The family of Henrietta Lacks is suing biotechnology company Thermo Fisher for profiting from cells taken without her consent.
Henrietta Lacks, a 31-year-old African-American woman died from cervical cancer in 1951. Cells taken from her tumour were used to create an immortal cell line, known as HeLa cells, in the first human cells to be grown successfully outside the human body. The cell line was used in research to develop new cancer treatments and the polio vaccine.
However, neither Lacks nor any family members provided consent for her cells to be used in this manner, and the family claim that she did not consent to the tissue being removed at all. The suit alleges that the cells were taken while Lacks was under general anaesthetic receiving radium treatment, and that a biopsy was not required, nor consented to.
The lawsuit complaint states: 'In the last several years Thermo Fisher Scientific has made staggering profits in tens of millions of dollars by using the HeLa cell line – all while Ms Lacks' Estate and family haven't seen a dime of it... Put simply, because it made the conscious choice to profit from the assault of Henrietta Lacks, Thermo Fisher Scientific's ill-gotten gains rightfully belong to Ms Lacks' estate.'
The Lacks family are being represented in the case by Ben Crump, a civil rights lawyer who also represented the family of George Floyd.
'Thermo Fisher Scientific's choice to continue selling HeLa cells in spite of the cell lines' origin and the concrete harms it inflicts on the Lacks family can only be understood as a choice to embrace a legacy of racial injustice embedded in the US research and medical systems' he said.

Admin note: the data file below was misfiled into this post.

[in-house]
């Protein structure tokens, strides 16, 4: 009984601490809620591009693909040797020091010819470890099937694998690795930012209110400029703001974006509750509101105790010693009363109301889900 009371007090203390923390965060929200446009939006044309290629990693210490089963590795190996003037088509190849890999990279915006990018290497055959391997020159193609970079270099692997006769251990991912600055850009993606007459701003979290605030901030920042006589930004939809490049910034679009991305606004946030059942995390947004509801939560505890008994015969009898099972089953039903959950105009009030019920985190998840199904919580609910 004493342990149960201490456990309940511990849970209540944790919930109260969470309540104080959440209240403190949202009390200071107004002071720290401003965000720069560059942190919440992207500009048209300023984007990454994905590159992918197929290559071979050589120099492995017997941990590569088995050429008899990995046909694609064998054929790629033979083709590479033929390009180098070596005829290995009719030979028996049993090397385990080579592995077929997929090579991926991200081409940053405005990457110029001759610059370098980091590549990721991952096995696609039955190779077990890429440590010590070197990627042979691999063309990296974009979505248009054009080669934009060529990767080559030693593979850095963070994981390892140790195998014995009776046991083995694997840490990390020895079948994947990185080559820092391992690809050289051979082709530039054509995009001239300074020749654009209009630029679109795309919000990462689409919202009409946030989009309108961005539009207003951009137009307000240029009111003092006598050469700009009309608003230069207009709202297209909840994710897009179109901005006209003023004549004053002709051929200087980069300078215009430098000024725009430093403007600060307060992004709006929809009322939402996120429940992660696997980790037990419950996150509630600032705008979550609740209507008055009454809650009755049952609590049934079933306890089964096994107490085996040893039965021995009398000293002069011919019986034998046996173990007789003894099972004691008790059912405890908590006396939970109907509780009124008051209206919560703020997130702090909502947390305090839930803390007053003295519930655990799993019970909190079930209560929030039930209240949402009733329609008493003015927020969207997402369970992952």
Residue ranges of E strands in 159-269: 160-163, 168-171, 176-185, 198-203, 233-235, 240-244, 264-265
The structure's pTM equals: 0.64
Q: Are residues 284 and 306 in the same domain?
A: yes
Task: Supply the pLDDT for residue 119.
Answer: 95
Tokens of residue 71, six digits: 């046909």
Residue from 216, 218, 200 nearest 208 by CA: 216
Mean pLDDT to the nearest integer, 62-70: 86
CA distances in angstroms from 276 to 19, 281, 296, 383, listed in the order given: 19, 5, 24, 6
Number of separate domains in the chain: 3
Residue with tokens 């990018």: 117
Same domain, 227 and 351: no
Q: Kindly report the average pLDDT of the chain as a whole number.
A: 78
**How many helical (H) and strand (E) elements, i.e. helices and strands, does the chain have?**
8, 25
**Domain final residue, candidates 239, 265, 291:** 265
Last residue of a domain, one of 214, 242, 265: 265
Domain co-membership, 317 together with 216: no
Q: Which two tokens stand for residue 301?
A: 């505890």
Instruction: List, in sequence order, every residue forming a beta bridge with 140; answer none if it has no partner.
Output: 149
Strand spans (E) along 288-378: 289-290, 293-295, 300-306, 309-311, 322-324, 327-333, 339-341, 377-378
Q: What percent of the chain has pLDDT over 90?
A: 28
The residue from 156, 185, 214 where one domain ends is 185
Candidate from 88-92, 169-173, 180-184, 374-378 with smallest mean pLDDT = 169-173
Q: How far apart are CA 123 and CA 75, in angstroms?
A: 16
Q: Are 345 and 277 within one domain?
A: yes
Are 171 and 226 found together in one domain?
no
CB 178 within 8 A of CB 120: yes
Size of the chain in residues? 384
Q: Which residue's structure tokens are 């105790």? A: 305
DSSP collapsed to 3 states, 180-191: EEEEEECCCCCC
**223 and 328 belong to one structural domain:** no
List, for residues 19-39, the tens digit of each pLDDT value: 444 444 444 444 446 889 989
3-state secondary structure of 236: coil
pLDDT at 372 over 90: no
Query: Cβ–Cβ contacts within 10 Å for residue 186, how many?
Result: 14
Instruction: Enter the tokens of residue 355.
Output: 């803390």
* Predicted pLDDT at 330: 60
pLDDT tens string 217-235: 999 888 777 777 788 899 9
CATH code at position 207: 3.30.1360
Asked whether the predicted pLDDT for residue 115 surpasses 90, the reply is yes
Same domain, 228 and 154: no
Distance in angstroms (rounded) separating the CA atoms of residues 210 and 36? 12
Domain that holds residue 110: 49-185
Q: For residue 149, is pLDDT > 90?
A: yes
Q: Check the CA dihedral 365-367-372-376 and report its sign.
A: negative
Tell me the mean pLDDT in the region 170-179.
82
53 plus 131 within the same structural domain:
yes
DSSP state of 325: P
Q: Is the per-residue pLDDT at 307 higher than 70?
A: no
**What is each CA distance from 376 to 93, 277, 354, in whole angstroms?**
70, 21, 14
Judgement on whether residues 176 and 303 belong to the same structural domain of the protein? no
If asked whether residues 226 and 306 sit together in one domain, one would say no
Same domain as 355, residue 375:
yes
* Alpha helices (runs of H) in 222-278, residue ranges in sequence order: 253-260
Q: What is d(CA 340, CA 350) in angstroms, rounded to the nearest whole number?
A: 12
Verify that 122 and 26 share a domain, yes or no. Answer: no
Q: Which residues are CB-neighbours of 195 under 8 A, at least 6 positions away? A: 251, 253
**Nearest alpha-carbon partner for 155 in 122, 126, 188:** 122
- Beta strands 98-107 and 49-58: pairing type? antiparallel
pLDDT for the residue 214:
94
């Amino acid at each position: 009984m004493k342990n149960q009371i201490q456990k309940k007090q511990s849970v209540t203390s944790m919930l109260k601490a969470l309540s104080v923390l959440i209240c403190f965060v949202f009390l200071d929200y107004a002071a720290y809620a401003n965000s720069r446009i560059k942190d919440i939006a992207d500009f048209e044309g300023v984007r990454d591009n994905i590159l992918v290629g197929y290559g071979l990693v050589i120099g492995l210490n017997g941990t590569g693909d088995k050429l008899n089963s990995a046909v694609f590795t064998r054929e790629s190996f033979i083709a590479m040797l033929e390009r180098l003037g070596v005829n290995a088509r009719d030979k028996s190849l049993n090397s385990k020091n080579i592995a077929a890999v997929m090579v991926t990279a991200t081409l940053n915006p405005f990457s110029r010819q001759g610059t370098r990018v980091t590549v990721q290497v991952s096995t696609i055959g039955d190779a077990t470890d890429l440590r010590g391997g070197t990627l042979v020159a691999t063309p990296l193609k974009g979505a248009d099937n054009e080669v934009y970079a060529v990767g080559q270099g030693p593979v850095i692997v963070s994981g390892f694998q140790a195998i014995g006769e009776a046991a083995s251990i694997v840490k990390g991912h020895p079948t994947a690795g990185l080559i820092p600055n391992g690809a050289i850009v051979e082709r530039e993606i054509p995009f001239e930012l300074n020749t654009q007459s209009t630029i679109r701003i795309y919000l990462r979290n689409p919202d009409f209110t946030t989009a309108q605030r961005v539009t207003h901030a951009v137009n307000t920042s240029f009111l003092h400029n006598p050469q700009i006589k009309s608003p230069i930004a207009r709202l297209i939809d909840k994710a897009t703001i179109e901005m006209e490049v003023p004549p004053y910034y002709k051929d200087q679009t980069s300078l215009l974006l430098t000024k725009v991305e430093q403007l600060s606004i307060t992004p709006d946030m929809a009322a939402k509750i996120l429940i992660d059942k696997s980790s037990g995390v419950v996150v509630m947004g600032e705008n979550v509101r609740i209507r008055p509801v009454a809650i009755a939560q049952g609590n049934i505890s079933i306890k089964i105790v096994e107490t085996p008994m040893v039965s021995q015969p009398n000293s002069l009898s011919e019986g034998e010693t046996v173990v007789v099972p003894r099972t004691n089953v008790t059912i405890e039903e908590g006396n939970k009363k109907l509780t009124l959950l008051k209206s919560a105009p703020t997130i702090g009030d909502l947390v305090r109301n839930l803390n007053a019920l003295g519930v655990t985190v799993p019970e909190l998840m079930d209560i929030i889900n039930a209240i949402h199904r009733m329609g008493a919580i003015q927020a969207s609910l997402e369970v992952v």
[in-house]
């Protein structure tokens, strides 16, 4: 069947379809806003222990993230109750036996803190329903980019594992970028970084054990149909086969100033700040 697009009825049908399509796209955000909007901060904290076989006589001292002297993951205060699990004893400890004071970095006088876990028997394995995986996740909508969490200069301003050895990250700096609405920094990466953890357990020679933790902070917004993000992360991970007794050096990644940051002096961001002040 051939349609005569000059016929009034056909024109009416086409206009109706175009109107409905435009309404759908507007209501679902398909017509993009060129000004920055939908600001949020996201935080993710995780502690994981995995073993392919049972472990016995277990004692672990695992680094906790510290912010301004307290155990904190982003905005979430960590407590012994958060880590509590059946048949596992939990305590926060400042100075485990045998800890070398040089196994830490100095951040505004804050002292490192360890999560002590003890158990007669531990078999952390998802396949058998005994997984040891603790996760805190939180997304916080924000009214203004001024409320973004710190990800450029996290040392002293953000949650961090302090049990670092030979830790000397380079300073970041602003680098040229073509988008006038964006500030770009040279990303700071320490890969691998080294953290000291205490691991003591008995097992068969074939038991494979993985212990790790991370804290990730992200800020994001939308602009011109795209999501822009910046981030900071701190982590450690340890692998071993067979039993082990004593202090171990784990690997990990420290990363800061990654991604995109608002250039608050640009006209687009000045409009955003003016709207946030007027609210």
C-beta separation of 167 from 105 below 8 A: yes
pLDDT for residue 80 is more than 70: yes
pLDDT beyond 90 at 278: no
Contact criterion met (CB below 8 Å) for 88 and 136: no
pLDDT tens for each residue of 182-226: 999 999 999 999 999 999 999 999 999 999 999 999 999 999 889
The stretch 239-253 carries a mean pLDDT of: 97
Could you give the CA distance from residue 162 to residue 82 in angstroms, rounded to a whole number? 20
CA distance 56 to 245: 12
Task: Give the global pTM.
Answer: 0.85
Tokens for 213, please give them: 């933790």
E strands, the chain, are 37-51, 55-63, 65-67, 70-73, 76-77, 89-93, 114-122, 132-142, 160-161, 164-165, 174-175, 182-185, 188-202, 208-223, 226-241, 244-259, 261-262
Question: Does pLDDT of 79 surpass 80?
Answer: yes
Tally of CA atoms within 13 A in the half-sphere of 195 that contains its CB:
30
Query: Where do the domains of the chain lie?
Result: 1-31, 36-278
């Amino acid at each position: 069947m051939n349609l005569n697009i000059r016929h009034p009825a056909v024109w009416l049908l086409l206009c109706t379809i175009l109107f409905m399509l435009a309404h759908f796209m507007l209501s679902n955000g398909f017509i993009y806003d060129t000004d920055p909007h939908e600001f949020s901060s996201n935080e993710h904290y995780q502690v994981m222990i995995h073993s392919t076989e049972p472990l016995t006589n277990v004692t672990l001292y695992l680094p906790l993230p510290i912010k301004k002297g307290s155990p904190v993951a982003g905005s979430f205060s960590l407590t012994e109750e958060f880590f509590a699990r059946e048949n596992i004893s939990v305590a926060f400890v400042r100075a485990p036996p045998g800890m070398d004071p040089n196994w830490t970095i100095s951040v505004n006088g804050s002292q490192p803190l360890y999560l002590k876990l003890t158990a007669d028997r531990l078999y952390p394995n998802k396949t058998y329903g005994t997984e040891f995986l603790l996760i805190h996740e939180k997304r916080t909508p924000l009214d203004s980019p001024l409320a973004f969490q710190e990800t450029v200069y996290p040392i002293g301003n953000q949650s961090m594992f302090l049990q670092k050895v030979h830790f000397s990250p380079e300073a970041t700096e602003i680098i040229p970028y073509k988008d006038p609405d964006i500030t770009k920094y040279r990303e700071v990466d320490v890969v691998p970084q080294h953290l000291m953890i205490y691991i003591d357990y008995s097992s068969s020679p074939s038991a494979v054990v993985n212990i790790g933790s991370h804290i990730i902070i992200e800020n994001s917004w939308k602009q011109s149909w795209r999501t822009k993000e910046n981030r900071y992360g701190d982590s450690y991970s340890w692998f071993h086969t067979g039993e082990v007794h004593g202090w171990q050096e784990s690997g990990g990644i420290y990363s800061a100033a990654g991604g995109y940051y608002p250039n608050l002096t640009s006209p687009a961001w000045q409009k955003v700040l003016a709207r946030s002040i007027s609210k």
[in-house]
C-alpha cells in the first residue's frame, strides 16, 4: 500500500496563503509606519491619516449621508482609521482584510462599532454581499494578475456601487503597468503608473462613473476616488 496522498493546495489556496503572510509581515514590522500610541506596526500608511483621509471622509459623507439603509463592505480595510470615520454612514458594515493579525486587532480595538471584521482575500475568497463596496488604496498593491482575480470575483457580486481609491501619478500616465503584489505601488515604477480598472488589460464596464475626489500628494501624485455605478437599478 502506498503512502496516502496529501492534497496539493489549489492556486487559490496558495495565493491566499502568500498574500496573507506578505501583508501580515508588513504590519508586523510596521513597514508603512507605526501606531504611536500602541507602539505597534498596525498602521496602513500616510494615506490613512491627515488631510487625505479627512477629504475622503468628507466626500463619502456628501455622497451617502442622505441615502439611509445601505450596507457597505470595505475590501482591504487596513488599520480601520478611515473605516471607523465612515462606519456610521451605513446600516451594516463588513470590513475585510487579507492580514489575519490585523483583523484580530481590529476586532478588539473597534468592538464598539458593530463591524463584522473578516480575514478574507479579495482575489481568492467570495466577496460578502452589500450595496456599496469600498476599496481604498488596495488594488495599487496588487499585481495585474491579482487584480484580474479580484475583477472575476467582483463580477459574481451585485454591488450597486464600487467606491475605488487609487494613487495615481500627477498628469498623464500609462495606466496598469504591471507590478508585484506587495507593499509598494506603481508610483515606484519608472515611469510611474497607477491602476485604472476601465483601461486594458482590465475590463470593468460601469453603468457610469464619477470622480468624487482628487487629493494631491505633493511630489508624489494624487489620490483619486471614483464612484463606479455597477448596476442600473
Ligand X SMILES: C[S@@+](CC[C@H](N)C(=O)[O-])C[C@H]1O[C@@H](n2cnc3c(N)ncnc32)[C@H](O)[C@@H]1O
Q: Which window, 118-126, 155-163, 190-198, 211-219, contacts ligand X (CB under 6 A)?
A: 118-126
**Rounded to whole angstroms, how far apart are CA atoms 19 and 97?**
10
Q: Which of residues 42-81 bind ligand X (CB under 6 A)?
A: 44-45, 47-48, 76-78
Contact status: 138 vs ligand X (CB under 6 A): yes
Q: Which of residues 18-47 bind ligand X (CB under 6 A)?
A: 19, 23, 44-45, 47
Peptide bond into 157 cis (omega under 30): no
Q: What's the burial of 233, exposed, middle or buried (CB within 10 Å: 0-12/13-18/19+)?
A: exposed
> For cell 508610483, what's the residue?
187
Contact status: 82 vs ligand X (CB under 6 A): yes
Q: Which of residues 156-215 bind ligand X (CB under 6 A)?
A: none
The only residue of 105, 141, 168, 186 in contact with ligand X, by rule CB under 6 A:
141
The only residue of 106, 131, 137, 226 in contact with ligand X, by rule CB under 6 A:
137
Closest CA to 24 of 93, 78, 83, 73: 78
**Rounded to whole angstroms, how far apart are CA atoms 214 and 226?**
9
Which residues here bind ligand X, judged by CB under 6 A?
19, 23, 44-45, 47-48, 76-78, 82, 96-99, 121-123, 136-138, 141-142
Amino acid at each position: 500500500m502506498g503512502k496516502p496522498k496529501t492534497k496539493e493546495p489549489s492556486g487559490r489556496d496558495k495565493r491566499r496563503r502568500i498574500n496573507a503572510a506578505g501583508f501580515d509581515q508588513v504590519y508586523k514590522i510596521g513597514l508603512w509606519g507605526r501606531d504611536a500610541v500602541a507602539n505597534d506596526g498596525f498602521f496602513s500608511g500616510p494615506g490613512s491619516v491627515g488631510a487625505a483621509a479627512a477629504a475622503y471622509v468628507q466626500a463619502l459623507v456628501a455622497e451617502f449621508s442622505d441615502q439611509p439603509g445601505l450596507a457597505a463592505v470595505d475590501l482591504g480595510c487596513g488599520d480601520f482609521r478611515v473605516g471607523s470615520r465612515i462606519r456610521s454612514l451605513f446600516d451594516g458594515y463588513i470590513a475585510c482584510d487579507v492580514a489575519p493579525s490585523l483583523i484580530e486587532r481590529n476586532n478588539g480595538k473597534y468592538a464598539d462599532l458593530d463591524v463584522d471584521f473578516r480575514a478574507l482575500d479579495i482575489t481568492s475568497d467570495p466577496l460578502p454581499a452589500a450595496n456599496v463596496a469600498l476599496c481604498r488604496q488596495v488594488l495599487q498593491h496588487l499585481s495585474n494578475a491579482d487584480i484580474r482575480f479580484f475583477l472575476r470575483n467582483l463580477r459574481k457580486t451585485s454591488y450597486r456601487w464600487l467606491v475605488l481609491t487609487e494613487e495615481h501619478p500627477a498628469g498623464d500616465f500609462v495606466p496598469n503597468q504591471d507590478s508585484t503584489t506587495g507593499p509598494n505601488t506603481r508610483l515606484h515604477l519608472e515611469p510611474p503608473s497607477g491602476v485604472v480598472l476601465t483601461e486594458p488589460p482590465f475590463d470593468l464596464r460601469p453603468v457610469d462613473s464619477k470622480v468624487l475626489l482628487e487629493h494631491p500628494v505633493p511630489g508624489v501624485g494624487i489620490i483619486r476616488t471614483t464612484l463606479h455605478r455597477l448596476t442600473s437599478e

Johns Hopkins University, where Lacks was being treated at the time her cells were taken, acknowledge that obtaining the cells was a lapse in ethical standards, and admitted that they 'could have – and should have – done more to inform and work with members of Henrietta Lacks' family out of respect for them, their privacy and their personal interests'. However, they asserted that 'there was no established practice for informing or obtaining consent from cell or tissue donors' at the time'. They also denied targeting black patients, saying 'It was common practice at Johns Hopkins to collect tissue samples from cervical cancer patients, regardless of race or socio-economic status.
Lacks was awarded a WHO Director-General's award on 13 October 2021, by Dr Tedros Adhanom Ghebreyesus who said: 'In honouring Henrietta Lacks, WHO acknowledges the importance of reckoning with past scientific injustices, and advancing racial equity in health and science. It's also an opportunity to recognise women - particularly women of colour - who have made incredible but often unseen contributions to medical science.'